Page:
“There were a lot of homages because the film itself was an homage,” Myers says. “It felt very right to address those and love them and respect them. “The film is dripping with sartorial nods to classic Hollywood: Lynn Bracken’s beret and coat, resembling Lauren Bacall’s in The Big Sleep (above); replicated real-life looks of Lana Turner; Dragnet, used as a reference point for Jack Vincennes; Lynn’s white blouse and scarf, evoking Audrey Hepburn when she goes to see Roman Holiday. “The reference was so glamorous, it gave you this diving board to jump from,” explains Myers.
In the case of Lynn Bracken, she was explicitly dressed to resemble 1940s movie star Veronica Lake as a key plot point, so Myers also specifically looked to Lake for inspiration. “They all came from [my] looking at stars of the era and going for what seemed the most beautiful, the most wonderful, and the most exotic looks you could get,” Myers said of Lynn’s clothes. “What you have to remember is she’s dealing with fantasy — and this is not even a film star. This is someone who is supposed to look better than a film star.”
Throughout the film, Lynn wears shades of green and white, which is how Myers said she always imagined Veronica Lake’s wardrobe. “This negligee [on the left] was eau de nil, and I had a very strong feeling of Veronica Lake in eau de nil, but I doubt that I’d ever seen that because you’d only ever seen the black and white,” she says. “But the thing about black and white films is they’re so colorful. What I would be sure is eau de nil, you might think would be mauve — it’s very fascinating, it’s a very personal experience.”
Myers says she was also intent on playing up Lynn’s enigmatic persona through her wardrobe. “They all have a sheen, so she always slightly shimmers,” she says of her gowns. “Half of that is you wanted this sort of shine and the other is I wanted you to almost feel you couldn’t touch her. There was something there that was almost like looking through glass at her or looking through a gauze, so that you didn’t quite feel you could put your hands on her.”
She enhanced this effect by building corsets and stiff boning into all of Bracken’s outfits to give them a precise shape, despite this not being accurate to the period. “I wanted the clothes not to cling to her body,” she says. “I wanted them almost on an hourglass figure. I wanted her to look voluptuous, but not fleshy. I wanted you not to get a sense of creases. Again, it’s almost like a film star image in a real person.”
It’s one of the most striking wardrobe introductions to a character onscreen — Bud White walks into a liquor store and at the counter is a woman entirely cloaked in black velvet, who turns her head, her face framed by a pillow of white satin. Myers says director Curtis Hanson had “severe doubts” about this costume and that she prepped two other outfits in case, including a red coat. She says the director worried, “‘Is it telling too much of the story too soon?’ Well, when you’ve got a face like that, there really isn’t too much of the story you can tell too soon,” says Myers. “It’s there.”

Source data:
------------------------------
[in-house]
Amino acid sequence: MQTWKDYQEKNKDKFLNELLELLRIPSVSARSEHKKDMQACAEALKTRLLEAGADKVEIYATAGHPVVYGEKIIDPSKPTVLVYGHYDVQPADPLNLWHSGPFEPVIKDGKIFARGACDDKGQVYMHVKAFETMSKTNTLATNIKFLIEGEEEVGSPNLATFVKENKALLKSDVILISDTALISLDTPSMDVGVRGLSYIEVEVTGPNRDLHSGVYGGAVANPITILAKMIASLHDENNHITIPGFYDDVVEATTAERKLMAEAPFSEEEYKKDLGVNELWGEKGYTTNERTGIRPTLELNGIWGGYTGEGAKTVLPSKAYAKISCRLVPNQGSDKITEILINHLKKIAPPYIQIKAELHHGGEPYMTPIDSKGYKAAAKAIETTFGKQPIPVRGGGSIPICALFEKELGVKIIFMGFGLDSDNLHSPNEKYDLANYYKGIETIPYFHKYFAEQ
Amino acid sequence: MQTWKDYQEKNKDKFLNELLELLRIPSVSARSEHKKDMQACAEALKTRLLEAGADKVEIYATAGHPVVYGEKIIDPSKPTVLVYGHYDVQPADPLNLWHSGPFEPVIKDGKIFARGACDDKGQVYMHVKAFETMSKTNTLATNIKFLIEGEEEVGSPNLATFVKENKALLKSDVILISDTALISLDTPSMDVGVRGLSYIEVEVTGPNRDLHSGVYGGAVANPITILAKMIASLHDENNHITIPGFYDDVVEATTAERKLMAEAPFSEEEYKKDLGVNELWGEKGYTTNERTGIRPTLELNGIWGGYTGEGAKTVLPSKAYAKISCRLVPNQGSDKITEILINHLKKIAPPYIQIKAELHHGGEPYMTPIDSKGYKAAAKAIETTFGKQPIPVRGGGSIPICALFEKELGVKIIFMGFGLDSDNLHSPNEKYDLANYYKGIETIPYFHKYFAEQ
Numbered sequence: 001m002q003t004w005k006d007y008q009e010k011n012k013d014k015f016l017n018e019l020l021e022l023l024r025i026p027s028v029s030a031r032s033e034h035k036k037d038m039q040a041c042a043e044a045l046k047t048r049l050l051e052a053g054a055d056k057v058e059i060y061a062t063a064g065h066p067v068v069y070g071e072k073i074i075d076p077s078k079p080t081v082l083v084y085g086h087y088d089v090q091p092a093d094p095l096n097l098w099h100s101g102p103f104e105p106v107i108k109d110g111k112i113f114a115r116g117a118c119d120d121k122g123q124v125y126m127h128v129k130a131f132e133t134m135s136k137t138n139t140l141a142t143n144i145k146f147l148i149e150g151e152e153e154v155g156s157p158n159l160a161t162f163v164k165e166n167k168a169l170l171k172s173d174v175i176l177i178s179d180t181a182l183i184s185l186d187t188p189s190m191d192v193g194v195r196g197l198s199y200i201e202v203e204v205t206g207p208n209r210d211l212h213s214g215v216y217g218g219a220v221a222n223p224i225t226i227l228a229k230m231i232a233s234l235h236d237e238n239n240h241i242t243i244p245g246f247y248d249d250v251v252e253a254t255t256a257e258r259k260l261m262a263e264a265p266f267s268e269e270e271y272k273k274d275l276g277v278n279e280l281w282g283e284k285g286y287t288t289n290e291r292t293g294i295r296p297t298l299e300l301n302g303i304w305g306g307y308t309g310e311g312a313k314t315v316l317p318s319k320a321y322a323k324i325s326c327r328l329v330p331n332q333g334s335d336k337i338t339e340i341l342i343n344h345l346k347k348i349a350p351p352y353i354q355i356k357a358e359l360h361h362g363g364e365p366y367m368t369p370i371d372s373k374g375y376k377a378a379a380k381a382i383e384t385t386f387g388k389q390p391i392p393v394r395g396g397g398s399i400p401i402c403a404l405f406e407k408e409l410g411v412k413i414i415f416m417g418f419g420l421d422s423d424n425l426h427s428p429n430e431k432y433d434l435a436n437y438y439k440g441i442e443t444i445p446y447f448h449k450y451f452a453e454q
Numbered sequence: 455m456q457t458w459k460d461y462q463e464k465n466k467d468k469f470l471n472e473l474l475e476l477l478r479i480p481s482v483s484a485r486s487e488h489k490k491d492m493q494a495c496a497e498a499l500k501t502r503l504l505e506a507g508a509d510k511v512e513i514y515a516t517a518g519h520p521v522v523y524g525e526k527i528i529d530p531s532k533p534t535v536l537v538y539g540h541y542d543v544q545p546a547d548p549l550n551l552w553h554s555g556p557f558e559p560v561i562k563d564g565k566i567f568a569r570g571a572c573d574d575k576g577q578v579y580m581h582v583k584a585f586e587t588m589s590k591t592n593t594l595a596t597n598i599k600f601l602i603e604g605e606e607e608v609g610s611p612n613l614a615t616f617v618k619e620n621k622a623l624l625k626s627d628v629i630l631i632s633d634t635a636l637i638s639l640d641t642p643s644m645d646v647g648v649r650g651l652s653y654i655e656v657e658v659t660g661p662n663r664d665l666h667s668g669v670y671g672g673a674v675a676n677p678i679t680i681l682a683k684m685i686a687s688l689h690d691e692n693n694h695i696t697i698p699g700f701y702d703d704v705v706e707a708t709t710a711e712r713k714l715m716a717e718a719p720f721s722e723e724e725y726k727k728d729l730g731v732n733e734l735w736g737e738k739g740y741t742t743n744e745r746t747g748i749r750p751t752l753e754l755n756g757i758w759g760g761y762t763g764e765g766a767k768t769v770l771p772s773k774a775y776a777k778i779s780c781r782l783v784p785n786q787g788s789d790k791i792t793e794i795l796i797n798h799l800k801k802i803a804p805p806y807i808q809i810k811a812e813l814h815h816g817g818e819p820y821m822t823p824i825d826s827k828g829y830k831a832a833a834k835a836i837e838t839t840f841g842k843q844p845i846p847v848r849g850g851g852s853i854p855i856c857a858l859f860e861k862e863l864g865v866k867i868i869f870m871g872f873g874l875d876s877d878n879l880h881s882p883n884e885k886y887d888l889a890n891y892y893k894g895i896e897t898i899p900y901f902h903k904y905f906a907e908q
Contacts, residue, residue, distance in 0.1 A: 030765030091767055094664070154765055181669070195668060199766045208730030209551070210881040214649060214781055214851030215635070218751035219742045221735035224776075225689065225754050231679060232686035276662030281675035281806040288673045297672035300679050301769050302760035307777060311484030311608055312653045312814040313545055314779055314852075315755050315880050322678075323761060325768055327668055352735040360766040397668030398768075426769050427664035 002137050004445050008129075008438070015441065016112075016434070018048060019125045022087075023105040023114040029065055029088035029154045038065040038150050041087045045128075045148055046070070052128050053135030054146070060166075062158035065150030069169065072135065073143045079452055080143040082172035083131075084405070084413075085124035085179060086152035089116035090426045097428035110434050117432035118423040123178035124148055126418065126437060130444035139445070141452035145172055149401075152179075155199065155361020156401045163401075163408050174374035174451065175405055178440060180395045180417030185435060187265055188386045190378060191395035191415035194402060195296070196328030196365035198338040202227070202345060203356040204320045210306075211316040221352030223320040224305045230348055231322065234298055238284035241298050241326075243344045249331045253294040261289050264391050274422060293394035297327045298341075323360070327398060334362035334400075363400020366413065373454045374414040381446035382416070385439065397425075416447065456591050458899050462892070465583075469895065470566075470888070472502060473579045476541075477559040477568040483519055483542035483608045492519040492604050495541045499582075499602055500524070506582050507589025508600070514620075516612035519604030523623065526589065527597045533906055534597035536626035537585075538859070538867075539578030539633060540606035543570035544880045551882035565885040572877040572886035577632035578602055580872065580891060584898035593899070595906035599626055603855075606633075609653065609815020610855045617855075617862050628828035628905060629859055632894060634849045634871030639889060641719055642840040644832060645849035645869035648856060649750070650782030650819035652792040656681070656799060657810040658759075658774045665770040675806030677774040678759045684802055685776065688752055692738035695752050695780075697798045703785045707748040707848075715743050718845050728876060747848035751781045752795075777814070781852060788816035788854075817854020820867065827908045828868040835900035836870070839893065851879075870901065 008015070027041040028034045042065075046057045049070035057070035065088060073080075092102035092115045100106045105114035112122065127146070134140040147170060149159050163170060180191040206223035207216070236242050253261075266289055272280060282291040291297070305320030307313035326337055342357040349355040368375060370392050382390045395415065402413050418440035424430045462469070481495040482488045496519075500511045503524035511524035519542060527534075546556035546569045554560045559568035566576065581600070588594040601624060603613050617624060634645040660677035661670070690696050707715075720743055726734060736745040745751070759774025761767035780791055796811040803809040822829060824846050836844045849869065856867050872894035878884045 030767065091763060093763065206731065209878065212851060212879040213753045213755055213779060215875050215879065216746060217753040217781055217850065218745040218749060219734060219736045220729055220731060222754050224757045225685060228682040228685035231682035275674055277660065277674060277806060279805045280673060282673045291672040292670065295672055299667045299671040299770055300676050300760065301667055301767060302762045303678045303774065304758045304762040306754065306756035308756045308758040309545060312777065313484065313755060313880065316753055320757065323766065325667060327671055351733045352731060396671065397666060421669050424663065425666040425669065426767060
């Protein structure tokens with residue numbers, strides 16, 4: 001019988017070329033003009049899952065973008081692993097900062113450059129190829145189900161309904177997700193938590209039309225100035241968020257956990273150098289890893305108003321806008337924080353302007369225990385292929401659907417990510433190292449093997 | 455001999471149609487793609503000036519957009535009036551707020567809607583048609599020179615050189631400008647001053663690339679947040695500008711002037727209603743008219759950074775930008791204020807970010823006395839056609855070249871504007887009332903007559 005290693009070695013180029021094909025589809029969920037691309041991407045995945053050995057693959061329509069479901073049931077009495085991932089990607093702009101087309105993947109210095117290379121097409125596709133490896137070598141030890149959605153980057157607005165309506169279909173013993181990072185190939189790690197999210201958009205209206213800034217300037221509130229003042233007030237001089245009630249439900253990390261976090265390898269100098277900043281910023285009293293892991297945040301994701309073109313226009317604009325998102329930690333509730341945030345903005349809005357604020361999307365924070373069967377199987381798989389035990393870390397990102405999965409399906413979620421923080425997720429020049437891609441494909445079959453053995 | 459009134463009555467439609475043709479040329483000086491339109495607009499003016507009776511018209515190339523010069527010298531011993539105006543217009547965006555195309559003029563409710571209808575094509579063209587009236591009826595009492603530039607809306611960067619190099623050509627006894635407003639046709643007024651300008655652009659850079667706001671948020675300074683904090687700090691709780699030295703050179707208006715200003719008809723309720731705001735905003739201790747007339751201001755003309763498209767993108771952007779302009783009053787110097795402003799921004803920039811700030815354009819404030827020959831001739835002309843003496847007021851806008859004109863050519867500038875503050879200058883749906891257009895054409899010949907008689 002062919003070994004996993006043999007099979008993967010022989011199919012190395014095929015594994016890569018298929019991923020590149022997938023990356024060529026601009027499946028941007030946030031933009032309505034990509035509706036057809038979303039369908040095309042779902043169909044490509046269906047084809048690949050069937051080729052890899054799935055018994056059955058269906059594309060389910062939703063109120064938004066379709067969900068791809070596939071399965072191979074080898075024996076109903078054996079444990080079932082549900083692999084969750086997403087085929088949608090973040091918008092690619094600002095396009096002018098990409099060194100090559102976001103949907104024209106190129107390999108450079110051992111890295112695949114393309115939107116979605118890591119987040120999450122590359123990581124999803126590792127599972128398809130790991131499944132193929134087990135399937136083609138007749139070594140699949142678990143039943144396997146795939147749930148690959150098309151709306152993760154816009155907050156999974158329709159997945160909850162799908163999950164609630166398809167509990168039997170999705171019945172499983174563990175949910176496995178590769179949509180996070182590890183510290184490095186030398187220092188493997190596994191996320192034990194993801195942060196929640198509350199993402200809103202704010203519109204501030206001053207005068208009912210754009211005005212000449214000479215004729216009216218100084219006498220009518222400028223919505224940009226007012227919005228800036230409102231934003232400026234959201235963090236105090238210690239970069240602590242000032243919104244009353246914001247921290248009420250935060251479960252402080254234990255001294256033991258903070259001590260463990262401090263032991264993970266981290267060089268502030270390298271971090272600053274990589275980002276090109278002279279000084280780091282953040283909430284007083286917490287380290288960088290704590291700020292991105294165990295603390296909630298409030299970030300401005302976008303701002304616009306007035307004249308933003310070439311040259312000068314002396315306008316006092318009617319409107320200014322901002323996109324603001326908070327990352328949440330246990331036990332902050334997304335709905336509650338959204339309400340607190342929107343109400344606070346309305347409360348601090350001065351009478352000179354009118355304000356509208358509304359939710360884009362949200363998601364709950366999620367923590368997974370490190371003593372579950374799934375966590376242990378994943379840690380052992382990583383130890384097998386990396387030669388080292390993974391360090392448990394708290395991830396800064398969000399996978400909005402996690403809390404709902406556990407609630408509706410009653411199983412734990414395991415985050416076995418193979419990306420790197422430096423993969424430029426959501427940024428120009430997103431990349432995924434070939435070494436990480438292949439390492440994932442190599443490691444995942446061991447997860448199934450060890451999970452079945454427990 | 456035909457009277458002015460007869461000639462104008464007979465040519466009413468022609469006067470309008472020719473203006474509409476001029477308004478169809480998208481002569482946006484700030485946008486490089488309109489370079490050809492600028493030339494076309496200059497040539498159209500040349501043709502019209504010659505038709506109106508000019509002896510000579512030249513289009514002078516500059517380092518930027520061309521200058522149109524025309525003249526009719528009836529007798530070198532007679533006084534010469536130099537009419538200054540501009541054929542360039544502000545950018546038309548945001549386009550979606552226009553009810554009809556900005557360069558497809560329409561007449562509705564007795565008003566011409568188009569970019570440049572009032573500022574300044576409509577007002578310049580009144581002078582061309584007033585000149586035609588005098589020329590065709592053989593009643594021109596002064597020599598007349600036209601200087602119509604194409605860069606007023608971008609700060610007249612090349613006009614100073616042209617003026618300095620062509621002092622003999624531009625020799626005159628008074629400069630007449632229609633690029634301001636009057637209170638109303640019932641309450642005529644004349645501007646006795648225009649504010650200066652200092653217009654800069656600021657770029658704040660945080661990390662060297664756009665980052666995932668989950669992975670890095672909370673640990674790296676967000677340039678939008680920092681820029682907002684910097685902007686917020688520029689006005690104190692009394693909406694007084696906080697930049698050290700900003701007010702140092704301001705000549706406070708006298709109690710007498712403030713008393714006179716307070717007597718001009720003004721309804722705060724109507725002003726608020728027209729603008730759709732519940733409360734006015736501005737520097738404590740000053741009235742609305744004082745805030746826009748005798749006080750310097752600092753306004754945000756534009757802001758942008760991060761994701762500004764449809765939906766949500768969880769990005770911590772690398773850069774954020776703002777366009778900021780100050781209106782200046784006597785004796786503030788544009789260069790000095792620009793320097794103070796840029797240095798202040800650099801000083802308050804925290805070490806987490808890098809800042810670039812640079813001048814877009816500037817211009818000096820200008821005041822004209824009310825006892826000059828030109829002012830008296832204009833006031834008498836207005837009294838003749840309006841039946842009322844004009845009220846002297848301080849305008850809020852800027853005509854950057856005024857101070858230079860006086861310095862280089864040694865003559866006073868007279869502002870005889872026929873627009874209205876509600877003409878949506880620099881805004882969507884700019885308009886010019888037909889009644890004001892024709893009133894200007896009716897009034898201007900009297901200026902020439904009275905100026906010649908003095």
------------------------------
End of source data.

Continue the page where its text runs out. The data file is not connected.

“I put her in the red coat, which everybody said ‘lovely,’ which it was,” she explains. “And then I put her in this and Curtis turned around and went, ‘Yeah.’ It was just that clear. But it was brave because it’s very, very striking.”
Lynn’s Yellow Sundress
For what is a relatively dark story, the film ends on a more upbeat note enhanced by Lynn’s appearance at City Hall — fresh-faced, with a new haircut and in a cheery yellow sundress.
“That was about sunshine and about hope,” Myers says. “The dress was very deliberately yellow, so it was just happy. Because it’s just such a hopeful way for her to end.” Myers also notes that the dress was her only real opportunity to dress Basinger more closely to the 1950s era of the film, rather than the 1940s styles of Veronica Lake. “The other thing about that dress, which is really important, it’s period forward,” she explains. “Everything else is regressive. Everything else is ’40s in the ’50s. That dress is ’50s going towards ’60s.”
Captain Dudley Smith (James Cromwell) and D.A. Ellis Loew (Ron Rifkin)
For some of the higher-up characters in the film, particularly the police captain and the D.A., Myers wanted audiences to notice a distinct difference between their suits and the other officers. “They were tailor-made,” she explains. “We recreated those and tailored them specifically so that you would feel these were not people who did just go and buy their clothes at Sears or have them posted to them.”
L.A. Confidential marked the halfway point in Myers’ career, who has since gone on to earn an Oscar nomination for Emma (1996) and work on projects as varied as The Painted Veil and The Golden Compass. Still, she says, especially in recent years, L.A. Confidential was the defining experience of her career. “It never entered my head at the time that this was going to be the film I would be identified with,” she says. But now, most interviews with directors with whom she might potentially collaborate include a mention of her work in this film. “I’m very comfortable about being identified with it — it’s wonderful.”
Strangely, though it is still so recognizable and revered 20 years later, the film did not earn Myers an Oscar nod. “I was surprised only in that I felt it was such an iconic film and such an homage to film,” she admits. But if there’s anything L.A. Confidential teaches us, it’s that there’s very rarely true justice in this world.